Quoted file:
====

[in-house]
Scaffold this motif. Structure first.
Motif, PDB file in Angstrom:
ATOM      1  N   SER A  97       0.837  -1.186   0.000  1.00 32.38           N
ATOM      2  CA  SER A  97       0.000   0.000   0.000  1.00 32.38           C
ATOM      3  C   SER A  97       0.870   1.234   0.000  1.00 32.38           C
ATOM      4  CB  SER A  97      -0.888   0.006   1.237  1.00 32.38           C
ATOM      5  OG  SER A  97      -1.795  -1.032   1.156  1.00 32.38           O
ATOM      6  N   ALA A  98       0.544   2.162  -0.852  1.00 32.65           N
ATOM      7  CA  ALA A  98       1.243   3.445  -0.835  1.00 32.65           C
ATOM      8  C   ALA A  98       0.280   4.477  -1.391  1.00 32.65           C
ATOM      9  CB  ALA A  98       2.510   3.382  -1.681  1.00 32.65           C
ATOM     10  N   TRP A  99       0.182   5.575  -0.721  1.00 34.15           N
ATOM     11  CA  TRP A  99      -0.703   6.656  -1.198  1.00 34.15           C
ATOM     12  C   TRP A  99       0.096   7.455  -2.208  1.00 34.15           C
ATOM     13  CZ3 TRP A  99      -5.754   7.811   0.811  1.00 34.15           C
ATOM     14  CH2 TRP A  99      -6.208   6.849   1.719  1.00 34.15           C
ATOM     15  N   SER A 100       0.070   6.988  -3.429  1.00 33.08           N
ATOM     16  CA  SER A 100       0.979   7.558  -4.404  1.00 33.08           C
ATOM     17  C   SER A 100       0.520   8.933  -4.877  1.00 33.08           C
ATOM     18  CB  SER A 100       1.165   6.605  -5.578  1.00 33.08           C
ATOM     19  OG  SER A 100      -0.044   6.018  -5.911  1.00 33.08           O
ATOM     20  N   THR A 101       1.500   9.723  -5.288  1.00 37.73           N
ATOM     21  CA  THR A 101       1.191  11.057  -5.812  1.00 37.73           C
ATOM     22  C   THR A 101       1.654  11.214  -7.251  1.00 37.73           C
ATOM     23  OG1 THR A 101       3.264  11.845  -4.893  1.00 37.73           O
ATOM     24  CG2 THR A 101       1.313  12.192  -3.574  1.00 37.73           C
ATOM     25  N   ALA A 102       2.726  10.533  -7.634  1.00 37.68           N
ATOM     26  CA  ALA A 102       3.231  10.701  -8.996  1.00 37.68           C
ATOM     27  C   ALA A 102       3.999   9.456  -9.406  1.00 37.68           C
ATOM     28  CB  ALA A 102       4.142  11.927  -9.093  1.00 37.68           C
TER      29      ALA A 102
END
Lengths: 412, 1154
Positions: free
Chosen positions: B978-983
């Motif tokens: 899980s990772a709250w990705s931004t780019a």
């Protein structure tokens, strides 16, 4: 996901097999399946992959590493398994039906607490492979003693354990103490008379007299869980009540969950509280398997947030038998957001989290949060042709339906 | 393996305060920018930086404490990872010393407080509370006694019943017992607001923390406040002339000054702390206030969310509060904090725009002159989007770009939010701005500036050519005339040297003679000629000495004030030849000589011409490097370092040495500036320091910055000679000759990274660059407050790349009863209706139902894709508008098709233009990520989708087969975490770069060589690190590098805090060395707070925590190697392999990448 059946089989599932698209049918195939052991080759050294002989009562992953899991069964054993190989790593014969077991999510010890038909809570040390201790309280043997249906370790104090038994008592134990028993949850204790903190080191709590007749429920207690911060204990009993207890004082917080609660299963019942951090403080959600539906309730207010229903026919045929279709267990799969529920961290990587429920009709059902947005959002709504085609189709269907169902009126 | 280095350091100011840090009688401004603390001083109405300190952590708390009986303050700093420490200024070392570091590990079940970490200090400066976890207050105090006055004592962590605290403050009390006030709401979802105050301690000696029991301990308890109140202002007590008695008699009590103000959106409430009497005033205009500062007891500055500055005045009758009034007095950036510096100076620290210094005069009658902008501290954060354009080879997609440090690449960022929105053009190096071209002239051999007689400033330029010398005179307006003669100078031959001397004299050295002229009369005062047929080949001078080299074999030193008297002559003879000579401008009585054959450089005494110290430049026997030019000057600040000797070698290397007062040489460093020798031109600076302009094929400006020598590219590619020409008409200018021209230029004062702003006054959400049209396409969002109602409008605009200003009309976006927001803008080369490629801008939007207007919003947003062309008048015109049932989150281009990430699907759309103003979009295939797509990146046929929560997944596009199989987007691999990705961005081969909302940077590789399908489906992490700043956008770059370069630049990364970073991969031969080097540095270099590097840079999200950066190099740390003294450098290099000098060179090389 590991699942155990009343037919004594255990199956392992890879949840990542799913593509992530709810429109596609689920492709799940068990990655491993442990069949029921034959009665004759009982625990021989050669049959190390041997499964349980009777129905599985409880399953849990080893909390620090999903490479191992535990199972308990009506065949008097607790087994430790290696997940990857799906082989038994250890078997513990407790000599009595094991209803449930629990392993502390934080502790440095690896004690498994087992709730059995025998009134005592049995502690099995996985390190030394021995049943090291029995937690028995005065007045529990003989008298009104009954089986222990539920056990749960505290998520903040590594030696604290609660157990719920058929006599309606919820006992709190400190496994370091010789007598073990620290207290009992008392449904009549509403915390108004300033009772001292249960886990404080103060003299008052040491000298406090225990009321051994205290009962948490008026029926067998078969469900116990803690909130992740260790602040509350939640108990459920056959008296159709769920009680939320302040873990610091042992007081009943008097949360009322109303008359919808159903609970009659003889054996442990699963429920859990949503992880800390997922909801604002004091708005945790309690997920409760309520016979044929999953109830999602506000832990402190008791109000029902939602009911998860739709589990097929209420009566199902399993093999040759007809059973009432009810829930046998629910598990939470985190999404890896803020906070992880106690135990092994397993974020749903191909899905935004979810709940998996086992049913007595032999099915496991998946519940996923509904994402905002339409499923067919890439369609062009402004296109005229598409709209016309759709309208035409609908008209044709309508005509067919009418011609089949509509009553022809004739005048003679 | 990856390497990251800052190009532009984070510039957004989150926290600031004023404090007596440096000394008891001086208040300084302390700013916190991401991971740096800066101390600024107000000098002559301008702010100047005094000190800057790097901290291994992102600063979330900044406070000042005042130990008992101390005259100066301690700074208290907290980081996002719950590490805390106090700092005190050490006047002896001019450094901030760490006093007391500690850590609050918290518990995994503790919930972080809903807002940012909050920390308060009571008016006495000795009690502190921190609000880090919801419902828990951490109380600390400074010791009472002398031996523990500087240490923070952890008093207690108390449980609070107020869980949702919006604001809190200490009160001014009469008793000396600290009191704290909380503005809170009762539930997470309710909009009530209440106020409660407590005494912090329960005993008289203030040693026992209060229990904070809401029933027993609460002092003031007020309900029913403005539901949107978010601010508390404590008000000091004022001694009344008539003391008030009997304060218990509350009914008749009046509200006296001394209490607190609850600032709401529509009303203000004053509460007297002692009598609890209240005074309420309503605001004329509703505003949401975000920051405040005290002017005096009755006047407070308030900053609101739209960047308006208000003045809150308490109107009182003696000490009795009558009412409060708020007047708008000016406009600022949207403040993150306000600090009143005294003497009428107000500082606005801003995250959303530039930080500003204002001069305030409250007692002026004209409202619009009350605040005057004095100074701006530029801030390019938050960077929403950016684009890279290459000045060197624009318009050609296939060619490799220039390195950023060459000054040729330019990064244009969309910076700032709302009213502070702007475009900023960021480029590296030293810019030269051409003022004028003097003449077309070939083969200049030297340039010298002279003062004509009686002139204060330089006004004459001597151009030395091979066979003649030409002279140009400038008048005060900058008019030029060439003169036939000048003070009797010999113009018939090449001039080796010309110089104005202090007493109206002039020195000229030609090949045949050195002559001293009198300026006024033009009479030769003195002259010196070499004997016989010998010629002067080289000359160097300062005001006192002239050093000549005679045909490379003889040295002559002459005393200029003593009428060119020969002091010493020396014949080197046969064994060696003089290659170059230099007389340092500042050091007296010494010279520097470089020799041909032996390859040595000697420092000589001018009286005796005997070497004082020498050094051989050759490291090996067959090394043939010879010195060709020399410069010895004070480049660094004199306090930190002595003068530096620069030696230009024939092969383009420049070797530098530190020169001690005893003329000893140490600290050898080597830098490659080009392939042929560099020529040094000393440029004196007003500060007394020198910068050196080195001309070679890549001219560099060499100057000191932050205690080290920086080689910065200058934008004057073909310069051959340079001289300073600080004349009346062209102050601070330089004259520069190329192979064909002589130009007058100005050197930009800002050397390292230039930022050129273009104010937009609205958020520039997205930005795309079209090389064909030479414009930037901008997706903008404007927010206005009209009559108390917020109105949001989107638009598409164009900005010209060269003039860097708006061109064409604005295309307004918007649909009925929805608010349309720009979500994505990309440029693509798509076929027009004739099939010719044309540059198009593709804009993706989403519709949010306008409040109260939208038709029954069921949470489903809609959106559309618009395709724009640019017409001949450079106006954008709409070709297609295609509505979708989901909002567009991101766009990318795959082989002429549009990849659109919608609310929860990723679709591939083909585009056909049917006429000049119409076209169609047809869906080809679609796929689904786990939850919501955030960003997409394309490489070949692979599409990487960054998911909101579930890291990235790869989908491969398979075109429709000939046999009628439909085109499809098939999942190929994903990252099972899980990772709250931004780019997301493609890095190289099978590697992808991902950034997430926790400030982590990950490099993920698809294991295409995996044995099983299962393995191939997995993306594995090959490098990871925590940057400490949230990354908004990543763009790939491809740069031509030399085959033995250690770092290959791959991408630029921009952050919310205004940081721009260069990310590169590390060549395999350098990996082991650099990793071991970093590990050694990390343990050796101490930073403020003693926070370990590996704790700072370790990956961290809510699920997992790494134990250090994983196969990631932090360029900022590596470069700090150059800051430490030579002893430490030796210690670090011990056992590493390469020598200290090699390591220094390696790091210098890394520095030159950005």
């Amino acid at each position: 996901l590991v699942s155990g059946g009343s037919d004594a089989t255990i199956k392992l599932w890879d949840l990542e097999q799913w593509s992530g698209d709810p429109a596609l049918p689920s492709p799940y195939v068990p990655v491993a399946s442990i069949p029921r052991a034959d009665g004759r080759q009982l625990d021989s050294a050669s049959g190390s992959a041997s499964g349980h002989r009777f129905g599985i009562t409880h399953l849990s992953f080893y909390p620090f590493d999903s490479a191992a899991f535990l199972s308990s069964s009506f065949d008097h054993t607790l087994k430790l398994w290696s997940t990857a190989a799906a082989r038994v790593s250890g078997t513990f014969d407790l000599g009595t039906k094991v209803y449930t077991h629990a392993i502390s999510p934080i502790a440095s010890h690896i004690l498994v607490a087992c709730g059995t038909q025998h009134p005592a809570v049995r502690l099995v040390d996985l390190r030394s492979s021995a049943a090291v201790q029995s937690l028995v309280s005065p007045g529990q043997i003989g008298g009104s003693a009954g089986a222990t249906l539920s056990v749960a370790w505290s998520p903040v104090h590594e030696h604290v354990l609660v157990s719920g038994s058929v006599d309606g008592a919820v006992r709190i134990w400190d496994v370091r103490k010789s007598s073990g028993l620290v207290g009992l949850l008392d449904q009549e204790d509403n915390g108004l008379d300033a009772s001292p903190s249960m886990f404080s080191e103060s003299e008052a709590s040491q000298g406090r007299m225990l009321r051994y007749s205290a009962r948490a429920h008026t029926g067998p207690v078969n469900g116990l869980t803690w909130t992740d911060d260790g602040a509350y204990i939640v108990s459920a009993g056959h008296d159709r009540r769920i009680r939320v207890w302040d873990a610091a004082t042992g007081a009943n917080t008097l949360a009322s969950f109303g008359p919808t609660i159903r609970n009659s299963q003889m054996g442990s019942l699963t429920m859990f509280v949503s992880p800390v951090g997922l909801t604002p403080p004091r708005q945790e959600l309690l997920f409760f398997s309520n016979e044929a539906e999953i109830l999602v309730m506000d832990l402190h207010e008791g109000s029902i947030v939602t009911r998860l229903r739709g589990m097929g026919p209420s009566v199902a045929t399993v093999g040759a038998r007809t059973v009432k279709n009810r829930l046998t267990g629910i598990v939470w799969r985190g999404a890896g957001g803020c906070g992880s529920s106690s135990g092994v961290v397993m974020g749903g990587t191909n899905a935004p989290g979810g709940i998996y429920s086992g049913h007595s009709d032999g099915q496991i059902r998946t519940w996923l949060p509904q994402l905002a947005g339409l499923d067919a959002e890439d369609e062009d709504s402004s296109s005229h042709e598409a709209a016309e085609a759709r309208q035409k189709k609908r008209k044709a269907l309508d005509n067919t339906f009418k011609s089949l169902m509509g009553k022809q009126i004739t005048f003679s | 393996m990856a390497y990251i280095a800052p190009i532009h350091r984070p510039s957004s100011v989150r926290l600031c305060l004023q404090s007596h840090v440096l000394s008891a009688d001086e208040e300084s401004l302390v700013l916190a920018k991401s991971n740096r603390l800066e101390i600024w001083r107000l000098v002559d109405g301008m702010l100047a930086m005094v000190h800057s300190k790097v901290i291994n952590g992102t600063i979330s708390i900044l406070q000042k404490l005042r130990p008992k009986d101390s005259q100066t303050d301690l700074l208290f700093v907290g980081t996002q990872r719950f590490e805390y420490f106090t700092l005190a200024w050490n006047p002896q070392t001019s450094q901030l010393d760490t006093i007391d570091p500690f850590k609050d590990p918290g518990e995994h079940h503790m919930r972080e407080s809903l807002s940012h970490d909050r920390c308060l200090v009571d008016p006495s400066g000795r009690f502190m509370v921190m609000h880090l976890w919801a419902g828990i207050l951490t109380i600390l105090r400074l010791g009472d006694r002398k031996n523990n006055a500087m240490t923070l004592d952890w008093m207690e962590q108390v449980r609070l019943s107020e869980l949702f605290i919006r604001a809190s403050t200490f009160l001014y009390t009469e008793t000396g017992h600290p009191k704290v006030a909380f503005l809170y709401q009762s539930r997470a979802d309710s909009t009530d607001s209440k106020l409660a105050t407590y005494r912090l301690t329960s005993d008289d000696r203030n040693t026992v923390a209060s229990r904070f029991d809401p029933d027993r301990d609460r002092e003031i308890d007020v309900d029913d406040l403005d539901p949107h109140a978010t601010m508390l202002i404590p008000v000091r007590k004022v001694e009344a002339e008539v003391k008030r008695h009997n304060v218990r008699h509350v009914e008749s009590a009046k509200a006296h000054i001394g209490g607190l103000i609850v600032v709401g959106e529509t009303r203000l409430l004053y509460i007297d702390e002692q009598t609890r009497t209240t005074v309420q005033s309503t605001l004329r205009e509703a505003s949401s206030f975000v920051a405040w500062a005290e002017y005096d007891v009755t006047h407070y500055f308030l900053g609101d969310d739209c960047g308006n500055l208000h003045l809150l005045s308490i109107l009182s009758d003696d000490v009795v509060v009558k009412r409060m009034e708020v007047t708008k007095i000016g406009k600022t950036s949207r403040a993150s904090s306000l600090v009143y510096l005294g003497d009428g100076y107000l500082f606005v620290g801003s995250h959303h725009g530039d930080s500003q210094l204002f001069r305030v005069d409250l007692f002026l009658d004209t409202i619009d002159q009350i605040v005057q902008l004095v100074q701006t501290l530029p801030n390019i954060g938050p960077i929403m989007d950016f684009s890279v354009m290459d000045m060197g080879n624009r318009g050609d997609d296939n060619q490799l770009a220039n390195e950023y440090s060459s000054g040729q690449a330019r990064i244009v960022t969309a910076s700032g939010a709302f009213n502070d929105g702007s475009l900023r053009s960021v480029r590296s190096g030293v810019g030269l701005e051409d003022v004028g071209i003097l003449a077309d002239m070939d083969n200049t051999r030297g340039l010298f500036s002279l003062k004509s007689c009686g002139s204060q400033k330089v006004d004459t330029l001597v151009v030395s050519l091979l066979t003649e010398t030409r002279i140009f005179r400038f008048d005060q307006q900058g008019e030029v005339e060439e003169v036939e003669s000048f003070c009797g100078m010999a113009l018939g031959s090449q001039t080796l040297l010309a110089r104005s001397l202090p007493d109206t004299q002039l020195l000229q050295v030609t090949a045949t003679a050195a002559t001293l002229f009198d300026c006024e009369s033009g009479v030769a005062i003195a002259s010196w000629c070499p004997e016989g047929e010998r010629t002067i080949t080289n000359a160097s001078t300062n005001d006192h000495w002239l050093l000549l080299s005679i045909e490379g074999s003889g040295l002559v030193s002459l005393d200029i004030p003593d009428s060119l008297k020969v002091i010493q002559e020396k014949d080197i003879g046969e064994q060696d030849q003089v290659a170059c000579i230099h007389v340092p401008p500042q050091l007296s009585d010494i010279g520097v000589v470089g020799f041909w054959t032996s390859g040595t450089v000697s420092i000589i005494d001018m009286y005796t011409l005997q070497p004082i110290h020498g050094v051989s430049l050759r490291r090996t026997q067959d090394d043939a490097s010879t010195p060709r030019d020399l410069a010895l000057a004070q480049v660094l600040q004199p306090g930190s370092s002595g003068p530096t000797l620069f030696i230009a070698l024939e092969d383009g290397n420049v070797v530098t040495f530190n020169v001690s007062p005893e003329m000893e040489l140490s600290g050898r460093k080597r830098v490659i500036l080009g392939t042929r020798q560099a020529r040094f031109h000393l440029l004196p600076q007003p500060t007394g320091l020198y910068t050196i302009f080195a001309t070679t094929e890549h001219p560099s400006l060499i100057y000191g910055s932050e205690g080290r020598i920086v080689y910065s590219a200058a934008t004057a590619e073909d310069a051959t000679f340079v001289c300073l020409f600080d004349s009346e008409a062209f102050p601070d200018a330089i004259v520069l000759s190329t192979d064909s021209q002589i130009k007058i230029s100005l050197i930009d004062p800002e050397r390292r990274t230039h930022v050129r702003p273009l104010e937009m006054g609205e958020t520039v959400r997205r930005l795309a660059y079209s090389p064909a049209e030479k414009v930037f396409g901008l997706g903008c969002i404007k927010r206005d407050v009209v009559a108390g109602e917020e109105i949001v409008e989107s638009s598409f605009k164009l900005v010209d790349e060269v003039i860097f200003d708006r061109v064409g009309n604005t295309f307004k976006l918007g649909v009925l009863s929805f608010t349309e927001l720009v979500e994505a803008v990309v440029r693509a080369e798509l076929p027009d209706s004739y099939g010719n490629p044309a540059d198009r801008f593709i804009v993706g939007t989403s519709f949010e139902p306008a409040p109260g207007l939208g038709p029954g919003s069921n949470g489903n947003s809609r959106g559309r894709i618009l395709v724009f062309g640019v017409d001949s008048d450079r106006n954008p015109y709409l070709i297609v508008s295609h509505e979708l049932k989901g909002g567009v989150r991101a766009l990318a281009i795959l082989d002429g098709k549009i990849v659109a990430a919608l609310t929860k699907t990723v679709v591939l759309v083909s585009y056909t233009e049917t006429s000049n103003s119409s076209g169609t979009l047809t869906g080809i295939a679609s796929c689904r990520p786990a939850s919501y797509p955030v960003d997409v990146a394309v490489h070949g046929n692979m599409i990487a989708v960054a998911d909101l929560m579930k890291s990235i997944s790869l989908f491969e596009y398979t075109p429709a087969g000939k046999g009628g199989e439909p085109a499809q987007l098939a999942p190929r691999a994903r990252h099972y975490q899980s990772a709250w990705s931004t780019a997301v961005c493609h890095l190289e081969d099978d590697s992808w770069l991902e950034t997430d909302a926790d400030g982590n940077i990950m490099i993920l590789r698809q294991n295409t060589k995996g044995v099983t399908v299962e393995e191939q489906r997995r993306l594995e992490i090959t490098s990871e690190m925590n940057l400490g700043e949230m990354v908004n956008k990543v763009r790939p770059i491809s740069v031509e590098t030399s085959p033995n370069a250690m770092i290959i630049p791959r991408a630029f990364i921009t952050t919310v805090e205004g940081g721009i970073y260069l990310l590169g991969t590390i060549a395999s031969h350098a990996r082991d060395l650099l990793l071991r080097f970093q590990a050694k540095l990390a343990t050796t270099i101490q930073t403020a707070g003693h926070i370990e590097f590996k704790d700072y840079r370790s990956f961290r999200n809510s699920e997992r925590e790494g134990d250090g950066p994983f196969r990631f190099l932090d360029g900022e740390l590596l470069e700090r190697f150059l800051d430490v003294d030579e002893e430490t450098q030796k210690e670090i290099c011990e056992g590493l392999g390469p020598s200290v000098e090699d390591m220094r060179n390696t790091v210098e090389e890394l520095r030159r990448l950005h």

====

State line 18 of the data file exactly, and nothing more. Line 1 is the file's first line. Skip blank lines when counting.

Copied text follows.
ATOM     15  N   SER A 100       0.070   6.988  -3.429  1.00 33.08           N